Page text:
Having spent most of last year moving between Hong Kong and mainland China, I think Apple has a tough road ahead. The Chinese have fallen in love with large screens. I cannot believe how popular the note 2 and other large screen devices. It's funny because the size seemed to be a detriment in the eyes of reviewers, but I see scores of Chinese teenage girls with their Note 2 hooked up and watching a movie or playing a game. The same is true obviously with the guys. Apple is definitely hot in Hong Kong (witness the 2 story Apple store in Central) and among the very wealthy it will be a status item, but among the vast majority of Chinese, I think they will balk unless it is heavily subsidized.
    • Even in Western countries will Apple get problems

      My employer for example offer the choice between windows phone and Android. No iPhones supported, since poor value för the money.
      • Stay away from employers like that

        They're almost invariably cheapskate.
        Laraine Anne Barker
      • crappy company you work for

        How unprofessional your tech team is moved by emotions.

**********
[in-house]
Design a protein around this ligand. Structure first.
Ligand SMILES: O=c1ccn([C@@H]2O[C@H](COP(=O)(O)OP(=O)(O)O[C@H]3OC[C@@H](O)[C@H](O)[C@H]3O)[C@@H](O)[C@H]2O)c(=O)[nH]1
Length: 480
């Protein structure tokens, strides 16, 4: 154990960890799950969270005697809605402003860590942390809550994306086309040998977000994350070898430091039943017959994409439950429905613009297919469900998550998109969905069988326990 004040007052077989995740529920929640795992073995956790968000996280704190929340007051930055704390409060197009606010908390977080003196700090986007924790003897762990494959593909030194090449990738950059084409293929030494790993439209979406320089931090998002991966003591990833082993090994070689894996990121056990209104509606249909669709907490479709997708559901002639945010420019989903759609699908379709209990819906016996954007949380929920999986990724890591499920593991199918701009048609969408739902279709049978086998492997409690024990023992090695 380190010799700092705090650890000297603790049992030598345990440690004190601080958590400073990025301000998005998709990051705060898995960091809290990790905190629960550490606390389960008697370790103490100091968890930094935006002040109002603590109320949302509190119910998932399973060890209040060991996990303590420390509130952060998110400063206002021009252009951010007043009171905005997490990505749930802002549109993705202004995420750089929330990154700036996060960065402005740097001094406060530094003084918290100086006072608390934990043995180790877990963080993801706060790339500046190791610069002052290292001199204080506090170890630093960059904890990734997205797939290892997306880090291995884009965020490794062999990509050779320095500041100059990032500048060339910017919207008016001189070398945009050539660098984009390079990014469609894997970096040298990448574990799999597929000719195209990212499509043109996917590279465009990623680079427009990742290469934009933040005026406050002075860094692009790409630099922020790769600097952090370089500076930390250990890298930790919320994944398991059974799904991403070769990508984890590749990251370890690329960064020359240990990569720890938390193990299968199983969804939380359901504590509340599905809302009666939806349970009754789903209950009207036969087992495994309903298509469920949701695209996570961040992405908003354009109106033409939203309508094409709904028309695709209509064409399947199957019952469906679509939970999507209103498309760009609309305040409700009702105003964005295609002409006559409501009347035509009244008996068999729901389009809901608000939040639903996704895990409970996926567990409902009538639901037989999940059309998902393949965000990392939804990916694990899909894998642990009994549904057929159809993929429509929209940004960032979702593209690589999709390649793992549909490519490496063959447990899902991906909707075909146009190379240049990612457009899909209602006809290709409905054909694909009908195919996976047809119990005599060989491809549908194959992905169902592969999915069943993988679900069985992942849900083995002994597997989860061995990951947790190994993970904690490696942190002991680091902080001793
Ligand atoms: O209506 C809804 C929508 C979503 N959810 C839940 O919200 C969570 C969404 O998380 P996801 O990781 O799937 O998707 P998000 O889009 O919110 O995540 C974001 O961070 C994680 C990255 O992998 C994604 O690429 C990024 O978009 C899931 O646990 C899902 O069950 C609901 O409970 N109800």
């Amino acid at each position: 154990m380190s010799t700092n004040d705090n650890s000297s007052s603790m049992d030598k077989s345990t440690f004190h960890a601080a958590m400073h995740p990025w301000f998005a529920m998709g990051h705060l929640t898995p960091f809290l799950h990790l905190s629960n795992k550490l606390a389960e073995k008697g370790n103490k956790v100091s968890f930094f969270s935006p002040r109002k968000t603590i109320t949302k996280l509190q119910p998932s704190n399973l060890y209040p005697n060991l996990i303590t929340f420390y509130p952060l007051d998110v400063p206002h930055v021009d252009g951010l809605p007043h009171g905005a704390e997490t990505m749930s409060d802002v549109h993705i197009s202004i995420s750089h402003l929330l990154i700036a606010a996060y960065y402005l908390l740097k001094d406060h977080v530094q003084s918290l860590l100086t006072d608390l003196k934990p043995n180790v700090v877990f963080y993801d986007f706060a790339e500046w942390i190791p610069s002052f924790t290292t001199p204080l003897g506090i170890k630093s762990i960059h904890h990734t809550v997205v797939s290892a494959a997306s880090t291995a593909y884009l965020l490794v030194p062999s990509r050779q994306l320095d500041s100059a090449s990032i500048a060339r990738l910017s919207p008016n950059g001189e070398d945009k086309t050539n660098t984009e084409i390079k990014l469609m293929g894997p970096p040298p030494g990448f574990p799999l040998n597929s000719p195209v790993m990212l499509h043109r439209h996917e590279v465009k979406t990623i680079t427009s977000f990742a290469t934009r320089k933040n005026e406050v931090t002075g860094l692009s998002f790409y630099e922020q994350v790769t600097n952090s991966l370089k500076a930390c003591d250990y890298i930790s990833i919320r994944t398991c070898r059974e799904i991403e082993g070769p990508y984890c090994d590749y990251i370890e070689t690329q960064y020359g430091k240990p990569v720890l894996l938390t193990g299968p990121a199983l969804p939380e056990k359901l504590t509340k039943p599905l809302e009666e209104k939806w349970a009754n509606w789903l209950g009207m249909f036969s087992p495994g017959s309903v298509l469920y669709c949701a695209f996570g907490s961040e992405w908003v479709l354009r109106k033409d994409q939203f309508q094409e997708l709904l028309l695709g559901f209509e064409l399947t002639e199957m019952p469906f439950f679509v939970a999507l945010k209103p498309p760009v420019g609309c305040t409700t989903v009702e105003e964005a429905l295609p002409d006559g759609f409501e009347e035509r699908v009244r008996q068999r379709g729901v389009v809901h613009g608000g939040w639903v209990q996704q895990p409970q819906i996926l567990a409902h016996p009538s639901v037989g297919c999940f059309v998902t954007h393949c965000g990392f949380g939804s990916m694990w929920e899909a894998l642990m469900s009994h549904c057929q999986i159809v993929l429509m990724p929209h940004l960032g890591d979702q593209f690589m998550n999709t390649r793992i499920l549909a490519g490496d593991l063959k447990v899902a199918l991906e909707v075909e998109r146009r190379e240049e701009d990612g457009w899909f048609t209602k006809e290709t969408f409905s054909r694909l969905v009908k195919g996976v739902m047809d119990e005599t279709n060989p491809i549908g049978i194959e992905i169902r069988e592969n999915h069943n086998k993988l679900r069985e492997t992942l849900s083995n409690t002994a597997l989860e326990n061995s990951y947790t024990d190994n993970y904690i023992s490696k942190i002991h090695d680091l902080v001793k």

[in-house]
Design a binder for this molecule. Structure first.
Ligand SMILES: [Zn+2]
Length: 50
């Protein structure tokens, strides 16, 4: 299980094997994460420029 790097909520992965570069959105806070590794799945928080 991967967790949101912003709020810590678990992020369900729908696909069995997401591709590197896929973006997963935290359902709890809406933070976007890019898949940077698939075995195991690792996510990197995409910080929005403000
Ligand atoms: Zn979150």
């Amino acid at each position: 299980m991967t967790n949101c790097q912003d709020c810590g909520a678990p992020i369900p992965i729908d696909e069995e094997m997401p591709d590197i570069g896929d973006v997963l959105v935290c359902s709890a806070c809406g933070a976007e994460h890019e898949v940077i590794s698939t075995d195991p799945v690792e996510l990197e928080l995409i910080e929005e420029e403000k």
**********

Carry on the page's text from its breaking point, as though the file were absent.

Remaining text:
new gawker
        • IT is outsourced

          Hard to convince management to pay extra for iPhones when no logical arguments in favor of purshase...

          We run on Windows with Office 365. Most other software is special programs for research and manufactoring, which only runs on Windows.

          Summary: No Apple products today, no logical reason to pay a premium for these at the moment
    • Fortunately, the way you keep score in this

      game is profit. Not market share.
    • They only need niche market

      Obviously apple will have a small part of the 700 million consumer market. But that's all they'll need to rake in 10's of billions in profits while everyone else fights for the rest of the market. Pretty much like in the US where only Samsung makes a profit in the android phone market.
      new gawker
  • Quality is not the issue.